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Whole Foods Market - Upper West Side
United States
New York City
New York
New York, NY
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The Opening of the Upper West Side Whole Foods Market

by Robert Abrams
December 31, 2009
Whole Foods Market - Upper West Side
808 Columbus Avenue
New York, NY 10025
212.222.6160
The new Whole Foods Market on the Upper West Side of Manhattan held an opening party on Monday, August 24, 2009. It was a very welcoming event with many offerings to sample. Among the items I tried were Azure Chocolat (www.azurechocolat.com), Twelve (a non-alcoholic citrus drink - www.twelvebeverage.com), Organic Pantry cakes (www.organicpantryshop.com), Ciao Bella gellato (www.ciaobellagelato.com), and Christopher Norman Chocolates (www.ChristopherNormanChocolates.com).

I have had the Ciao Bella gellato several times since the opening. The others I have not had again, but that is more because Whole Foods Market has such a wide variety of products. Frankly, I would be willing to give a second try to almost everything I have purchased at Whole Foods Market. Maybe except the strawberries in the half melon - the fruit is fine, and the concept and presentation is very appealing as a healthy breakfast, but the reality in New York City is that I don't often have time to actually sit down and scoop out the melon. Whole Foods Market sells pre-cut containers of the same fruit, which I have purchased repeatedly.

I used to be a Council member (equivalent to a Board member) of the GreenStar Cooperative Market in Ithaca, NY, so I am intimately familiar with supermarket operations and the difference between superior markets and not-so-superior markets. The Upper West Side Whole Foods Market is a superior market. The aisles are wider than most New York City supermarkets. This means that as a shopper you can see what you are looking for, and maneuver around without feeling claustrophobic or in a traffic jam, even when the store is busy. The checkout system at Whole Foods Market is brilliant - the lines move swiftly even at peak hours. The staff is both helpful and friendly.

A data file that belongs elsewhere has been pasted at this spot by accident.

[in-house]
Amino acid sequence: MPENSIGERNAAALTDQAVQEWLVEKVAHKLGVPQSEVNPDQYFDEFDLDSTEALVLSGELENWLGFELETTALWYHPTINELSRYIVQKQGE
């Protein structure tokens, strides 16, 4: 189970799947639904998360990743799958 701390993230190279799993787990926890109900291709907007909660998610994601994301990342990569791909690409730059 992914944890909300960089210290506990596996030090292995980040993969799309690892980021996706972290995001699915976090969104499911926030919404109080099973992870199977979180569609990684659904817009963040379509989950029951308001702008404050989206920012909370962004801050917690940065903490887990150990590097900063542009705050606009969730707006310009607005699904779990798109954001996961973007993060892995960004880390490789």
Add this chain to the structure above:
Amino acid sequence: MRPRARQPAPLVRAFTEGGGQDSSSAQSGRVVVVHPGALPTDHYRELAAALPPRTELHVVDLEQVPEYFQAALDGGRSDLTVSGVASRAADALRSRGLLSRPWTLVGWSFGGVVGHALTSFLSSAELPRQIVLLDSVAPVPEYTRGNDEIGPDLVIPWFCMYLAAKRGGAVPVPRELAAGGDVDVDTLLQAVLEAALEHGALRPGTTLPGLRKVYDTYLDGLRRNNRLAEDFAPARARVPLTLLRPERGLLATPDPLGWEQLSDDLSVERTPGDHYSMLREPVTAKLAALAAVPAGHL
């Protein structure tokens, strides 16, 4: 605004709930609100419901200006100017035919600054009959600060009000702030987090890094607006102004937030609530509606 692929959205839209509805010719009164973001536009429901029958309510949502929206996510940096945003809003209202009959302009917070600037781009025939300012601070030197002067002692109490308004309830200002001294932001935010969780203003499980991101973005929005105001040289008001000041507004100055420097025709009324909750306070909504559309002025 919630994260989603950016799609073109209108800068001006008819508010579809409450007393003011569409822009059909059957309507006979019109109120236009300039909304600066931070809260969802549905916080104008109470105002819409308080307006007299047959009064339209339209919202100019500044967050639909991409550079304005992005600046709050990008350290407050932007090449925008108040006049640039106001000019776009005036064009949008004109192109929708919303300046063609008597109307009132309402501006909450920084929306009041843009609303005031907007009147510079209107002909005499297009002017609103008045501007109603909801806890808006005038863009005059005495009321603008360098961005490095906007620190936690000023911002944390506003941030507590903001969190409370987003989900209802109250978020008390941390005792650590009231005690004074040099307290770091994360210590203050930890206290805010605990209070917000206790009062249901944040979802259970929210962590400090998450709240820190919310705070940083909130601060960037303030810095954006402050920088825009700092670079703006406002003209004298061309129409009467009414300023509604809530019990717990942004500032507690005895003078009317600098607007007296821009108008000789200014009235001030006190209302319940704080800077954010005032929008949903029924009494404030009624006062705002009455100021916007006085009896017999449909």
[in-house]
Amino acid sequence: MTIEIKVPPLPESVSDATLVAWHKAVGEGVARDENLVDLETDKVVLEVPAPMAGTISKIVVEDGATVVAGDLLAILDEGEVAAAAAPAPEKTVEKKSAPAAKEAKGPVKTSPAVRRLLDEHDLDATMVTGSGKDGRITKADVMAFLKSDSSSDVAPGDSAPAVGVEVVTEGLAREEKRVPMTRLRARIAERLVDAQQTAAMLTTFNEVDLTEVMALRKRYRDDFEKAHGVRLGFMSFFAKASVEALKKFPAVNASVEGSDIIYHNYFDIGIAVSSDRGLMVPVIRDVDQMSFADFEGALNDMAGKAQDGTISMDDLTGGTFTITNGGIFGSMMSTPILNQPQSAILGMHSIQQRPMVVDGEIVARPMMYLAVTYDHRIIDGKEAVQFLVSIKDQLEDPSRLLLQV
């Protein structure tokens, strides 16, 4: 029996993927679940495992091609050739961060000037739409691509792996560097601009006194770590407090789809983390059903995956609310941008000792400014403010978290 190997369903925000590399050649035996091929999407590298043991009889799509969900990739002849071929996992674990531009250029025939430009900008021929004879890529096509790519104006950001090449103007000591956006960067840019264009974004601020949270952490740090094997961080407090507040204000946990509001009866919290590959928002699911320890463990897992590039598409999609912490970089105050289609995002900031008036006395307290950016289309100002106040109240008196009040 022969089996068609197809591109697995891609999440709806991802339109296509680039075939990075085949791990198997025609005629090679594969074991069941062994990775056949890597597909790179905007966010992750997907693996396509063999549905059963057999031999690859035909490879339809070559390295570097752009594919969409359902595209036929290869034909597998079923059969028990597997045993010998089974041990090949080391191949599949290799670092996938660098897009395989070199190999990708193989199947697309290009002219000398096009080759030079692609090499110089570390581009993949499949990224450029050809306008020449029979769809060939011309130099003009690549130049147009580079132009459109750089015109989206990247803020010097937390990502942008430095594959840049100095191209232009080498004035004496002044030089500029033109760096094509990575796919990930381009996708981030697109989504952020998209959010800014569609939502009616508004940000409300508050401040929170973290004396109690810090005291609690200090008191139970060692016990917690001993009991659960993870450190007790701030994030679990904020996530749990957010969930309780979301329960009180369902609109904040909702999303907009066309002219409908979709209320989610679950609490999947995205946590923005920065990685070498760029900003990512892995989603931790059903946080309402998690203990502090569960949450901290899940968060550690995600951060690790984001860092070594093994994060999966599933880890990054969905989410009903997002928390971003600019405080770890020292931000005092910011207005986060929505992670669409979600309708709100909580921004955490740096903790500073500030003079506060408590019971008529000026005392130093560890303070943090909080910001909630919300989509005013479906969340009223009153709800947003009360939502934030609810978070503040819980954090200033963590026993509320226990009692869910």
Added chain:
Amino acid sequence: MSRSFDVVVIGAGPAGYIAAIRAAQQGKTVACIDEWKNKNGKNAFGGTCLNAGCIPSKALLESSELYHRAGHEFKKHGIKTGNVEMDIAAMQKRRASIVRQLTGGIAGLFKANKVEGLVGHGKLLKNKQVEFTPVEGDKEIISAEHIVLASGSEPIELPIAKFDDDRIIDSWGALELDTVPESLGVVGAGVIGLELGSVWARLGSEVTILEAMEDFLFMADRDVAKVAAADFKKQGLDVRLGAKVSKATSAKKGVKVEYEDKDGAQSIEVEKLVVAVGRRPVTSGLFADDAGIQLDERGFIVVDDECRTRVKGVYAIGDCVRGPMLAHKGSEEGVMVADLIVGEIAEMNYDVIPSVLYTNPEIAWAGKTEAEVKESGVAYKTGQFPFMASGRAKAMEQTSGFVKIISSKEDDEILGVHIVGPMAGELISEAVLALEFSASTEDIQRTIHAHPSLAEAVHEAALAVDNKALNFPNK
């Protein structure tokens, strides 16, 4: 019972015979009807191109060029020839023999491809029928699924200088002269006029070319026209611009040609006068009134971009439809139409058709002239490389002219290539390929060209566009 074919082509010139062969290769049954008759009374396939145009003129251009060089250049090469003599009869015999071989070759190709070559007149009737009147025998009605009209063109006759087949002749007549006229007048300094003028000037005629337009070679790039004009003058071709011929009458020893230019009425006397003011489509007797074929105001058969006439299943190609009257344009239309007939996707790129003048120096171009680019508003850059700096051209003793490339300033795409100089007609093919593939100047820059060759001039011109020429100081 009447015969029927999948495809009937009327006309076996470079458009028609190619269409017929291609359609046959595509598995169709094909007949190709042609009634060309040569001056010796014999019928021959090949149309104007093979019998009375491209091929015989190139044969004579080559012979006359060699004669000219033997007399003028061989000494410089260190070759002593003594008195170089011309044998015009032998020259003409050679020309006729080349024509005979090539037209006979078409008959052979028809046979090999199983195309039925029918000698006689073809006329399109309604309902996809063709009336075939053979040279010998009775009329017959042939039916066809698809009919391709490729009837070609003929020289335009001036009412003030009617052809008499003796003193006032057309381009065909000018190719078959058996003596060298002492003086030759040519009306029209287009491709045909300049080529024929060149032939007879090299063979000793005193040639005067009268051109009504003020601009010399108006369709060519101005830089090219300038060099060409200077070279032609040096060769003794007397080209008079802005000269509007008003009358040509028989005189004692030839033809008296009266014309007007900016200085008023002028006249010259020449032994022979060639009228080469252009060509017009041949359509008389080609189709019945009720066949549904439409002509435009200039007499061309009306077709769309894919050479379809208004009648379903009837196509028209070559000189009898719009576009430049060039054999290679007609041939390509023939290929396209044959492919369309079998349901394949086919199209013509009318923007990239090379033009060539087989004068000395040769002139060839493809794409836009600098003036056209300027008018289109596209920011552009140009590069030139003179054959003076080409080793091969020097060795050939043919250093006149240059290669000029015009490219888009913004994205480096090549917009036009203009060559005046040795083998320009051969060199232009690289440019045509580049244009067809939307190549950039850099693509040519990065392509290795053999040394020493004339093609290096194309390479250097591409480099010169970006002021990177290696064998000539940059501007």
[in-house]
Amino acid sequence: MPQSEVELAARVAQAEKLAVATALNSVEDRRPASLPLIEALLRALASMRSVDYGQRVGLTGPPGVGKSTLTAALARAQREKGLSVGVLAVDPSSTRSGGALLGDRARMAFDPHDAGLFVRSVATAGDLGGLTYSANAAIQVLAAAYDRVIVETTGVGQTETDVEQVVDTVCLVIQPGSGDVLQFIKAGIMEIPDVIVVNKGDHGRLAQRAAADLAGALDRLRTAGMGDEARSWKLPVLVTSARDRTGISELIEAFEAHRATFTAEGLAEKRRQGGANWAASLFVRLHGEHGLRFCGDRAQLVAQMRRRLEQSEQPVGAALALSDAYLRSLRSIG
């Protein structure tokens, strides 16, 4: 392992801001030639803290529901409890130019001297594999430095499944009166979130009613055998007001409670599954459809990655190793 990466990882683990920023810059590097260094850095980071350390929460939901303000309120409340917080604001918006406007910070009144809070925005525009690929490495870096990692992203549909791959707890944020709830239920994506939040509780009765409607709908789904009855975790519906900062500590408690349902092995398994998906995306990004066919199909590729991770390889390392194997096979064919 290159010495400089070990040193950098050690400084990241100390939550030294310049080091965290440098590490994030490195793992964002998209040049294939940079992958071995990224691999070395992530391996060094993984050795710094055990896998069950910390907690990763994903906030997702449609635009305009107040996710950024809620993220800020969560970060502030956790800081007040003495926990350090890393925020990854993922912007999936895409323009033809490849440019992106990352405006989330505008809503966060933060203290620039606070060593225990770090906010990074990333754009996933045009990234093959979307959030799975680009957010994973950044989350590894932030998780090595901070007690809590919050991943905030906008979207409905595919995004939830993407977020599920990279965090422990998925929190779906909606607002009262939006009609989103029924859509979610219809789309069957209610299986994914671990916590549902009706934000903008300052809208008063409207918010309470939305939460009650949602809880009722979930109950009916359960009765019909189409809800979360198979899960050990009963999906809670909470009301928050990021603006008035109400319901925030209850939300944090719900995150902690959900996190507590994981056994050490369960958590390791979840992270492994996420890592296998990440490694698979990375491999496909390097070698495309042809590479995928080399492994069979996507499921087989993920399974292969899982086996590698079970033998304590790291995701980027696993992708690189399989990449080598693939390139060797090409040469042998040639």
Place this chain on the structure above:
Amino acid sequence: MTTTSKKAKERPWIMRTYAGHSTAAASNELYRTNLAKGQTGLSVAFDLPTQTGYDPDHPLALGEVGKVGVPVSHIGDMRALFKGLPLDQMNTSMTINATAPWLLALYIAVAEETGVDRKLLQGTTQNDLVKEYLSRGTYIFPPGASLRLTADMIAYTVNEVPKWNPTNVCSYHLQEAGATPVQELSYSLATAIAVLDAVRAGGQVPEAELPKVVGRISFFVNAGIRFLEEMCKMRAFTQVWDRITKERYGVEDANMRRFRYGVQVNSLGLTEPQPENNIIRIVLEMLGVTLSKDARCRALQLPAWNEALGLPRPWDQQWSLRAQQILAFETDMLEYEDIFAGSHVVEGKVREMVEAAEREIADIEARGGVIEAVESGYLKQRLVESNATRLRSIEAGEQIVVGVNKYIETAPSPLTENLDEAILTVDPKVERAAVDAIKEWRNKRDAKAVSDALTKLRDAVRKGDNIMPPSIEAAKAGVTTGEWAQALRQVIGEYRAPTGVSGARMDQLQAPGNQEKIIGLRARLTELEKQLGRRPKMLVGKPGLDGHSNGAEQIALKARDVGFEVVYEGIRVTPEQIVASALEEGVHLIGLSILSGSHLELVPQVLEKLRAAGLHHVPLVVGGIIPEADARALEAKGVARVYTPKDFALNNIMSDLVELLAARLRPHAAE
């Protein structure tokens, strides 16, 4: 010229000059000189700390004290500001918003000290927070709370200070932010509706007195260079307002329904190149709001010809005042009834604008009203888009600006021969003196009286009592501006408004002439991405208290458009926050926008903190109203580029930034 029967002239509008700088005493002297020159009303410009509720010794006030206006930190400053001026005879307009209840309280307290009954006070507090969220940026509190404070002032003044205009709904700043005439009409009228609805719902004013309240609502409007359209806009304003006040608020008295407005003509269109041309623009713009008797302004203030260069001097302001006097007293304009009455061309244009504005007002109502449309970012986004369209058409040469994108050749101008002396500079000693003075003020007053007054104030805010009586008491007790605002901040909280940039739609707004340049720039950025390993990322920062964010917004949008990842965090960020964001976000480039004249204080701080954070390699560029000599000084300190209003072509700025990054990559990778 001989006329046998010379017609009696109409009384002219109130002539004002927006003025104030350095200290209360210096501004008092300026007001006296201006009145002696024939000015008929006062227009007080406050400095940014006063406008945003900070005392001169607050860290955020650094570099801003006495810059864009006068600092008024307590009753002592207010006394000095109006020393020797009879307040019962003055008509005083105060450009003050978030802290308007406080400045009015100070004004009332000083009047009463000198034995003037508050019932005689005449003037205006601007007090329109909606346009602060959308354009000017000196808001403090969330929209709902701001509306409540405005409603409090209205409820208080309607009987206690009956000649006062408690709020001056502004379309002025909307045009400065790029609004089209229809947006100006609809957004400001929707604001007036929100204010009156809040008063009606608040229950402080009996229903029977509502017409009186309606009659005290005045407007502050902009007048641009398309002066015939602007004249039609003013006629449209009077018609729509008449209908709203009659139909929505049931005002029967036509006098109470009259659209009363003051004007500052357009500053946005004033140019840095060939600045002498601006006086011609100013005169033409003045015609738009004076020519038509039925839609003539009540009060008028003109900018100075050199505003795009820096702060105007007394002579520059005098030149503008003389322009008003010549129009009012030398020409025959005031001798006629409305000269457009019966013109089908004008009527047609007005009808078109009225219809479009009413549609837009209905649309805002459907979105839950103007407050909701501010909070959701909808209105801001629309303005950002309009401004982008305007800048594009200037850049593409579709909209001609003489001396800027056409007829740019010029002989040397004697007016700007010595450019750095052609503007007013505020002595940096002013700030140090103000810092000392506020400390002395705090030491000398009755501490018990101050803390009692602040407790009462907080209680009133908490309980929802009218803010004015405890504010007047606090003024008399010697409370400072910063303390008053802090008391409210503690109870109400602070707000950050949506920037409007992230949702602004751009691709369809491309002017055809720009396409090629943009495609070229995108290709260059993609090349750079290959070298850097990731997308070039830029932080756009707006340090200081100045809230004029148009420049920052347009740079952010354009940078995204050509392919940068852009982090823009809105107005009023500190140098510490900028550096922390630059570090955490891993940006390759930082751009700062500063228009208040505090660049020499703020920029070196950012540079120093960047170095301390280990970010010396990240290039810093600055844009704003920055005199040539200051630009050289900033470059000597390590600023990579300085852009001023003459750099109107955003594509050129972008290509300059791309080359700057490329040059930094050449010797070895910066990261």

It is true that, on an absolute or first glance basis, Whole Foods Market may be a little more expensive than conventional supermarkets (and Whole Foods Market carries relatively few mainstream brands), but it is important to remember that at least some conventional supermarkets try to manipulate your price image. For instance, many supermarkets will price bananas, and sometimes paper towels, below their cost or at uncharacteristically low prices. The shoppers are led to assume that all of the prices in the store are as low as the key items they use to form a price image, even though this is not true. The moral is that your total market basket price at one supermarket may not be as different from the total market basket price at another supermarket as they may appear at first glance. Plus, at Whole Foods Market, you are more likely to find what in my view are superior quality products: organic, non-high fructose corn syrup, local products and so on. If you are concerned about your costs, and who isn't these days, make sure to carefully compare prices across a wide range of the products you typically purchase.

I have not seen any dance performances in the store, but the recorded music often does make me want to dance, and I have seen a few, free jazz concerts in the very pleasantly lit eating area of the store.

So, as 2009 draws to a close, I can state without reservation that the Upper West Side Whole Foods has added an enduring improvement to the neighborhood.
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